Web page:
Courtesy of the Office of the Governor of New York

LaGuardia is receiving a $8-billion makeover.

August 10, 2017

No, the image you see above is not a scene from a futuristic sci-fi summer blockbuster. It’s a rendering of a pedestrian bridge inside New York City’s LaGuardia Airport after the $8-billion renovation that's expected to be completed by 2021, with the first new gates scheduled to open late next year.

Located in the borough of Queens, LaGuardia is the smallest airport in the city and the closest one to Manhattan, making it a preferred hub for business travelers. It first opened in 1939 as the New York Municipal Airport and is named after former Mayor Fiorello LaGuardia.

In more recent years, it has grown to be despised by New Yorkers for its aging infrastructure, flight delays, cramped terminals, and poor dining and shopping options.

LaGuardia has two short runways and depending on wind conditions, sometimes only one runway is open at a time, causing major air congestion and delayed flights. In 2016, more than 28 million passengers flew in and out of LaGuardia, despite it originally being designed to accommodate only 8 million fliers per year. Last year 29 percent of LaGuardia's flights were delayed, placing it last in a ranking of the largest American airports according to data from the Bureau of Transportation Statistics. J.D. Power and Associates named it the worst airport in the U.S. because of those delays, and in 2014, Vice-President Joe Biden famously likened it to a third world country, a notion repeated by Donald J. Trump during the presidential campaign.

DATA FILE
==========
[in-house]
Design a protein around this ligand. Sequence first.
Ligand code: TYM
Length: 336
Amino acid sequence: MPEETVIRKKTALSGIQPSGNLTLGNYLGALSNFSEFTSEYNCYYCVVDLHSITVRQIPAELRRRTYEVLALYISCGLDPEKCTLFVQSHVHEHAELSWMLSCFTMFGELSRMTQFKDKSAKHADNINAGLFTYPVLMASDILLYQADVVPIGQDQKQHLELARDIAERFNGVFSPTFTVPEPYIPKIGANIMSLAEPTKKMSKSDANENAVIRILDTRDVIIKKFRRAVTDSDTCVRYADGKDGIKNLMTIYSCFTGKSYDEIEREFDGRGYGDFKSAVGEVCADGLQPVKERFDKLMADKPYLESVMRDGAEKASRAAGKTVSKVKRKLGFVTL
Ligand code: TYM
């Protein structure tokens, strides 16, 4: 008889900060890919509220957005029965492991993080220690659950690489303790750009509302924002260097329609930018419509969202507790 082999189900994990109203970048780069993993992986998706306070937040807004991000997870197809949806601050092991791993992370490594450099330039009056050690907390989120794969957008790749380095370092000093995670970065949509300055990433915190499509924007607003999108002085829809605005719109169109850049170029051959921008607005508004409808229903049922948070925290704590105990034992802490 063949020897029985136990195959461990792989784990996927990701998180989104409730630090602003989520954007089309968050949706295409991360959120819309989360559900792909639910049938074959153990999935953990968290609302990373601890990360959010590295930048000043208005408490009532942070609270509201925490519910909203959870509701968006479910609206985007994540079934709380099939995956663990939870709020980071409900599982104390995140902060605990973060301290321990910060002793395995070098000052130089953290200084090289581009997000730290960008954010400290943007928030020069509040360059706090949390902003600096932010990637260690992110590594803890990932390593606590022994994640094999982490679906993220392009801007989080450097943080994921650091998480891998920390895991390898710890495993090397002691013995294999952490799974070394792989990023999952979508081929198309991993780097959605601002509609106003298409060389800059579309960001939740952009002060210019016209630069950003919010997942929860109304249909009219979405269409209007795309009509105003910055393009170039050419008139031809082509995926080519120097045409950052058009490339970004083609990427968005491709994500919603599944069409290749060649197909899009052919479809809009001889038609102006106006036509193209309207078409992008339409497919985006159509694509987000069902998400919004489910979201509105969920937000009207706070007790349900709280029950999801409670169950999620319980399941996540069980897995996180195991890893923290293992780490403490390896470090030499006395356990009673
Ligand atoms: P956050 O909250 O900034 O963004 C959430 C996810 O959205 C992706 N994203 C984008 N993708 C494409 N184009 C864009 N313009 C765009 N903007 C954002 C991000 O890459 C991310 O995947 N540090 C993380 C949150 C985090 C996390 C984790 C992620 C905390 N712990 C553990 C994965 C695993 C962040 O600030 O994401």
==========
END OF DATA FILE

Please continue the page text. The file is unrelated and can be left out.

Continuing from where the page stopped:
On Tuesday New York Governor Andrew Cuomo unveiled the latest designs for the eastern half of the airport development project, a year after he broke ground on the renovation for LaGuardia’s western terminals.

The new airport will have soaring ceilings, lots of natural light, new jet ways and pedestrian bridges, and much more retail and lounge space. By 2022, LaGuardia will also get a new AirTrain to connect to New York City’s subways system and the Long Island Rail Road, which has its hub in Penn Station.

Below are renderings of the new Terminals C and D that are estimated to cost $4 billion are being paid for by the Port Authority of New York and New Jersey and Delta Air Lines, which is contributing $3.4 billion to the project.

Courtesy of the Office of the Governor of New York

Courtesy of the Office of the Governor of New York

Courtesy of the Office of the Governor of New York

Courtesy of the Office of the Governor of New York

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